Deputy President Kgalema Motlanthe finished a trip to China on Friday by praising how it had mobilised state-owned-enterprises (SOEs) to construct a global power. Pretoria should learn from Beijing’s example, he added.
“Markets on their own cannot lead such fundamental change,” said Motlanthe, regarded as a leading candidate to be the next president of Africa’s biggest economy.
“The state has to play a leading role in reshaping the economy so that it is better able to meet the needs of our people, particularly the working class, as well as the urban and the rural poor.”
Beijing says its SOEs generate about 90 percent of all jobs, and South Africa has tried to embrace the Chinese model by using its state firms as a motor to create employment in a country that suffers from chronic joblessness and mass poverty.
President Jacob Zuma’s “New Growth Path” policy views SOEs, state spending and government direction as the best ways to create five million jobs over the next decade.
Economists say South Africa would be better served averting its gaze from China and instead loosening its labour laws, cutting red tape, fixing a broken education system and using targeted tax cuts to help essential industries grow.
But South African policymakers, many raised in the Labour movement and well-versed in Marx, have grown frustrated with Western economic models and do not believe the private sector is strong enough to reduce the 25 percent unemployment rate or nearly 50 percent poverty rate.
“South African government policymakers, some of whom may have an ideological mistrust of ‘the market,’ are all too ready to embrace a new model that supposedly offers a new way, one that places the state as the driving force of growth,” said Martyn Davies, CEO of Frontier Advisory and an expert on African-Chinese economic relations.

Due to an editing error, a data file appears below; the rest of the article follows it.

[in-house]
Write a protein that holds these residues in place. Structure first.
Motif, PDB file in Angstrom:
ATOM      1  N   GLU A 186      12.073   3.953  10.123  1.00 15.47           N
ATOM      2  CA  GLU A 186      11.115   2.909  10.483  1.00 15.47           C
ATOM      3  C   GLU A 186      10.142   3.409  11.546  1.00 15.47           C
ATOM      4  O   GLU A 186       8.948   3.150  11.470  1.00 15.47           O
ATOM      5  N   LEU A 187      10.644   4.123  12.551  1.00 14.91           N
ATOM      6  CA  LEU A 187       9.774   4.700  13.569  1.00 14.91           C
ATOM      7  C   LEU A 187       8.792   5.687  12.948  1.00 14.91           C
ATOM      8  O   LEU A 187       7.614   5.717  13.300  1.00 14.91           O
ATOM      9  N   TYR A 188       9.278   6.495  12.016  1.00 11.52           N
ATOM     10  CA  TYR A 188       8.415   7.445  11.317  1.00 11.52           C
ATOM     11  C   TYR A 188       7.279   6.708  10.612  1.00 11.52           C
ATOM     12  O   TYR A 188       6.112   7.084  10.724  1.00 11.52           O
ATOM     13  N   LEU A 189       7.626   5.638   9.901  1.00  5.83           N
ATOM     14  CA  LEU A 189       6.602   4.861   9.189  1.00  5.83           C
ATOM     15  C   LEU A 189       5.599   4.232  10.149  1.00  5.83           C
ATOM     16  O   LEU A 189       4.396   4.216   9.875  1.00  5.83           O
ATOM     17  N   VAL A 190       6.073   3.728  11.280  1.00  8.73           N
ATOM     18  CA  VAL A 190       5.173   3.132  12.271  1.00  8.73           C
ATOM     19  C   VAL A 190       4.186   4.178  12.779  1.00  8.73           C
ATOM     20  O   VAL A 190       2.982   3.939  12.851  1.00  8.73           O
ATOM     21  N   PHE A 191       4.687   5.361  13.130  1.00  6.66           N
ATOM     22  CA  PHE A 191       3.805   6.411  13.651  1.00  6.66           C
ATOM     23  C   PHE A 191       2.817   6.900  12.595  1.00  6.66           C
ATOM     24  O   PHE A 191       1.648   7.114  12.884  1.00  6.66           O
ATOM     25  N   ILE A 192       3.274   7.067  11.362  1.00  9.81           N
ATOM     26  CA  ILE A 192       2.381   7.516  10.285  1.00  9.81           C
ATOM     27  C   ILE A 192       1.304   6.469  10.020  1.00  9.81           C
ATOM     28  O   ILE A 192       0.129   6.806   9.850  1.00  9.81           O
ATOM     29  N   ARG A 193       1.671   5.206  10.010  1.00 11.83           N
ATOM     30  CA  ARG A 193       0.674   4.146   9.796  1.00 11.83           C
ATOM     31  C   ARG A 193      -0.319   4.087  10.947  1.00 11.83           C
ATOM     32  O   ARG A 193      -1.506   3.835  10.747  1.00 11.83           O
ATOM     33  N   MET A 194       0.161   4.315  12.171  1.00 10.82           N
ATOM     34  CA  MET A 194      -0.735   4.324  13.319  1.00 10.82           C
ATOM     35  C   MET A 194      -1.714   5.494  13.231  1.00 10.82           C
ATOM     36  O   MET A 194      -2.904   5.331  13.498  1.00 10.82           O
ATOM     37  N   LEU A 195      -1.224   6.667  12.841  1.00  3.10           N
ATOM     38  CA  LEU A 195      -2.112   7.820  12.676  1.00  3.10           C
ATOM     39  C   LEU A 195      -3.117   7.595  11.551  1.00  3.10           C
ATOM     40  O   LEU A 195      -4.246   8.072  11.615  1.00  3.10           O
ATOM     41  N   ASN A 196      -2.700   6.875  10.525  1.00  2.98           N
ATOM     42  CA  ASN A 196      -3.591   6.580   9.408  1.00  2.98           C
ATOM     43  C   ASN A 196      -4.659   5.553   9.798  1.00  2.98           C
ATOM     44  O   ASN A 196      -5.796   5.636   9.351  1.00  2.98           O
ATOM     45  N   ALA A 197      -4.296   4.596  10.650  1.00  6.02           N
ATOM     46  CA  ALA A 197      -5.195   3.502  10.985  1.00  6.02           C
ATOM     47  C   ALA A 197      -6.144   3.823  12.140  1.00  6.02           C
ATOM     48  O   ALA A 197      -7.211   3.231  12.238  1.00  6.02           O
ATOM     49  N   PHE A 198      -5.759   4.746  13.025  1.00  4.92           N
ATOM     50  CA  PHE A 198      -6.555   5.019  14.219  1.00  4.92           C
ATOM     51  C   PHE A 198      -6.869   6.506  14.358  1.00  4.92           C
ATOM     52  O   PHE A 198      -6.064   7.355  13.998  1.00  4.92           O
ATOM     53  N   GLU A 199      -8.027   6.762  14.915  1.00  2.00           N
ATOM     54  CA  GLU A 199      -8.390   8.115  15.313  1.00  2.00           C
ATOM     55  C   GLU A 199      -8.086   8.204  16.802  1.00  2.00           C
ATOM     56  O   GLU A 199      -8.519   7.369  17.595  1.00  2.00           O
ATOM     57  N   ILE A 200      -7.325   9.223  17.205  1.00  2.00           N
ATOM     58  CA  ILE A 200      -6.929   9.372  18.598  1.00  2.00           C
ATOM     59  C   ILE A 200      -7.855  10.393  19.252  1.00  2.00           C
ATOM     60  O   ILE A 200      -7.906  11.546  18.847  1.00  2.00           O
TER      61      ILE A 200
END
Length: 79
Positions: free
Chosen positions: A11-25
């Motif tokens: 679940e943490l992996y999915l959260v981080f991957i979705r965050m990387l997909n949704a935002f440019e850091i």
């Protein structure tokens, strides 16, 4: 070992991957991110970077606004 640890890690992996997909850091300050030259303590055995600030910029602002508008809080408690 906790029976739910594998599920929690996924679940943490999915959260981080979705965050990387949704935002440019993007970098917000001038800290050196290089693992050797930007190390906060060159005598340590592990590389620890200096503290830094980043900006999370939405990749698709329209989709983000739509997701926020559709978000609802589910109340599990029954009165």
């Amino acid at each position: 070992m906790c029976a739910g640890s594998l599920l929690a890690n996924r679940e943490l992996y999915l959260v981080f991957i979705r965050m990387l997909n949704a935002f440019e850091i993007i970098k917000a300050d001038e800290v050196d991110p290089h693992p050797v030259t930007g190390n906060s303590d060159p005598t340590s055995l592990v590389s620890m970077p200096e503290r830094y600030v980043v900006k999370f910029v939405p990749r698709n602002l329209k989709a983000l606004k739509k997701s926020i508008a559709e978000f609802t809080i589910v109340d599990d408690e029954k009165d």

“It is risky to simplify China’s experience and call it a ‘model’ ready for application elsewhere. China’s greatest economic success has been the creation of a vibrant private sector that accounts for two-thirds of its GDP.”
South Africa also cannot embrace some aspects of the Chinese model that have made it so effective, including cut-rate prices for labour, harsh conditions on factory floors and diverting capital to world-class manufacturing.
South Africa relies heavily on foreign capital to prop up its economy, whereas Beijing needs far less – and can therefore play by a different set of rules.
The Chinese model also has its limitations because its economy is devouring capital at an ever-growing rate, thereby capping job growth, reducing labour’s share of the pie and depressing household consumption.
Political poison pill
China is South Africa’s largest trading partner. A measure of its power is shown by Pretoria’s reluctance to grant a visa to Tibet’s spiritual leader the Dalai Lama – whom Beijing accuses of being a separatist – despite pleas to let him in by Nobel Peace Prize laureate Desmond Tutu.
One major constraint South Africa faces in job creation is the close relationship between the ruling ANC and its governing partner, leading labour federation COSATU. Their bond was forged in the struggle to end apartheid and resulted in a raft of union-friendly laws once white-minority rule ended.
These laws make it costly for employers to hire. They have also driven up labour costs, with the average South African factory worker earning about six times more than their Chinese counterpart, despite being far less efficient.
China ranks 13th in the world in terms of the ratio of pay to productivity of its workers, while South Africa ranks near the bottom at 130th, according to the World Economic Forum’s Global Competitiveness.
Cutting wages for entry-level workers to near-Chinese levels could absorb the masses of jobless and increase competitiveness, but it would be political suicide for the ANC, which would alienate its mighty vote-generating ally.
Providing more funds for South Africa’s SOEs would be an unwise investment given their history of losses, management blunders and wasteful spending.
There is also little money available, with more than 40 percent of tax revenues already going to pay for state employees, and more hires are in the pipeline as part of the government’s job plans.
“China’s starting point was very different and growth coincided with liberalisation of that economy. It didn’t happen the other way around,” said Razia Khan, head of Africa research at Standard Chartered.